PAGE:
Event Title

Music as Therapy in a Contemporary Society: An Assessment of Music Therapy

Presenter Information

Camille Gross, Colby CollegeFollow

Location

Diamond 123

Start Date

1-5-2014 1:00 PM

End Date

1-5-2014 3:00 PM

Project Type

Presentation

Description

Music therapy is an emerging form of alternative therapy. There is a great deal of research about the benefits of music therapy, and yet, the discipline continues to lack accessibility, recognition, and legitimacy. There is little to no research about why this is the case. My research analyzes the various reasons why music therapy is not accessible, widely recognized, or considered to be legitimate. I completed extensive research about the history of the discipline. I also studied recent research and experiments completed in the field. Additionally, I observed and completed interviews with music therapists practicing in a variety of settings. My findings suggest that music therapy is under-recognized and lacks accessibility as a form of therapy because it is not seen as a legitimate form of therapy. These findings are important in order to better structure music therapy practices. In order for music therapy to be accessible and recognized, its legitimacy must be promoted to wider audiences.

Faculty Sponsor

Mark Tappan

Sponsoring Department

Colby College. Education Program

CLAS Field of Study

Interdisciplinary Studies

Event Website

http://www.colby.edu/clas

ID

391

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May 1st, 1:00 PM May 1st, 3:00 PM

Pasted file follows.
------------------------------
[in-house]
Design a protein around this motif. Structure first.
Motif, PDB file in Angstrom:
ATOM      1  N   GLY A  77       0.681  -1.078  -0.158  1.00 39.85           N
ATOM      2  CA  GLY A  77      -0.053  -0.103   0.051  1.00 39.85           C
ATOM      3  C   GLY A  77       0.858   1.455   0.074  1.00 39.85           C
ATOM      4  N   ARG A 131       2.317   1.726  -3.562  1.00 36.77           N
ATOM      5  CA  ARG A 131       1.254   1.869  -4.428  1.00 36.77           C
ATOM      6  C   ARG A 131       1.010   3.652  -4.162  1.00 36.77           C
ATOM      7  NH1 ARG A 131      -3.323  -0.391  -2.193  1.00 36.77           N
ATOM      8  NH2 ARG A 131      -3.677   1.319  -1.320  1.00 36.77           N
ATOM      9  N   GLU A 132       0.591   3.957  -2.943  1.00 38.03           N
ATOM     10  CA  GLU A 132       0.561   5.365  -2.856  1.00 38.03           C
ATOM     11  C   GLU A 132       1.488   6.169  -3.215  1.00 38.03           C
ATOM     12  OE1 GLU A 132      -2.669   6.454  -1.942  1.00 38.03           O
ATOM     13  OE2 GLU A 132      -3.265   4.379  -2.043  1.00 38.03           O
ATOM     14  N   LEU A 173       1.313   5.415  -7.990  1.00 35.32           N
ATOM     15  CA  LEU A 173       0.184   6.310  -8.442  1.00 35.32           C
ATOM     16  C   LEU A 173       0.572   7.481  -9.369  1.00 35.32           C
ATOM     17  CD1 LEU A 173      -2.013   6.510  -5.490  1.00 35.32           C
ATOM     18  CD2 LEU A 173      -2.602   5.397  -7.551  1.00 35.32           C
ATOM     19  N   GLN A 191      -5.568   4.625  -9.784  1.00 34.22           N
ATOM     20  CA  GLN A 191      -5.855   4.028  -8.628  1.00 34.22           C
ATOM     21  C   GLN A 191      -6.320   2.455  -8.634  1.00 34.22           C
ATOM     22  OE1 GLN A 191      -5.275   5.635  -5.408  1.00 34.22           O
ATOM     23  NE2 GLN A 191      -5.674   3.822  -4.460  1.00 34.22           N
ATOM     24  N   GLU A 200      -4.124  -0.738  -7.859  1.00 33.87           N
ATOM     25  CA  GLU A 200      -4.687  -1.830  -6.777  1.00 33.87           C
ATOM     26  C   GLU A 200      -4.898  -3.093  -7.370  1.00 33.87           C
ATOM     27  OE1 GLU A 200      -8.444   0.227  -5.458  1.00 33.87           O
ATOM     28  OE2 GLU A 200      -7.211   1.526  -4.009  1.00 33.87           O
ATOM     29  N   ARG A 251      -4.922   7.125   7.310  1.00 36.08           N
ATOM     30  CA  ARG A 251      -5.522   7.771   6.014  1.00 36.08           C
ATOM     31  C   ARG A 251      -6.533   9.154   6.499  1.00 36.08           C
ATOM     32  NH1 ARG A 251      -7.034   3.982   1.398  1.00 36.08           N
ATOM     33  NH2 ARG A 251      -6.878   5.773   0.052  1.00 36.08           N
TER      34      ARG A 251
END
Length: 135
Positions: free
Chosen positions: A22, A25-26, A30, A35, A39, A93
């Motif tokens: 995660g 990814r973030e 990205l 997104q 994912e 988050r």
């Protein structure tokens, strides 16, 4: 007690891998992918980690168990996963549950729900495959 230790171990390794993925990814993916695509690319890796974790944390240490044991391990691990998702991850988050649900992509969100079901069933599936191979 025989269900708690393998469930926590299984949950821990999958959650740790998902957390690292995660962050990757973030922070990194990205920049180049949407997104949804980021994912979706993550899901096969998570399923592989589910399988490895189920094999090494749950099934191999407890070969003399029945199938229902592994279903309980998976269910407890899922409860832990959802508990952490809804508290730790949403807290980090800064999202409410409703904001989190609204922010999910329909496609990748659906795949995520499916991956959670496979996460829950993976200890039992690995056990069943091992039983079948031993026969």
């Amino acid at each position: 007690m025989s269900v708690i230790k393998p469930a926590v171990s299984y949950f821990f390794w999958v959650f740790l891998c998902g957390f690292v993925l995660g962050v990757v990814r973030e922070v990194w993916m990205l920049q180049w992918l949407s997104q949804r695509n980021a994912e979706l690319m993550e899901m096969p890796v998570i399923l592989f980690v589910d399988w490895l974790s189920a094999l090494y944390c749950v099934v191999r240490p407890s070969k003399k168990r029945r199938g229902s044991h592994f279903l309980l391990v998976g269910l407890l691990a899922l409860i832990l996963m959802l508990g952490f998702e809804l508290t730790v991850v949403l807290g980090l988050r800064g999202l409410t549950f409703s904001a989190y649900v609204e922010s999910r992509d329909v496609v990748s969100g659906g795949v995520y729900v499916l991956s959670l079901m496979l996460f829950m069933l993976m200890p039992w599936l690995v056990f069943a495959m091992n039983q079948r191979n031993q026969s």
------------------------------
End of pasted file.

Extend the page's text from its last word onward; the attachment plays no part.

Music as Therapy in a Contemporary Society: An Assessment of Music Therapy

Diamond 123

Music therapy is an emerging form of alternative therapy. There is a great deal of research about the benefits of music therapy, and yet, the discipline continues to lack accessibility, recognition, and legitimacy. There is little to no research about why this is the case. My research analyzes the various reasons why music therapy is not accessible, widely recognized, or considered to be legitimate. I completed extensive research about the history of the discipline. I also studied recent research and experiments completed in the field. Additionally, I observed and completed interviews with music therapists practicing in a variety of settings. My findings suggest that music therapy is under-recognized and lacks accessibility as a form of therapy because it is not seen as a legitimate form of therapy. These findings are important in order to better structure music therapy practices. In order for music therapy to be accessible and recognized, its legitimacy must be promoted to wider audiences.

http://digitalcommons.colby.edu/clas/2014/program/104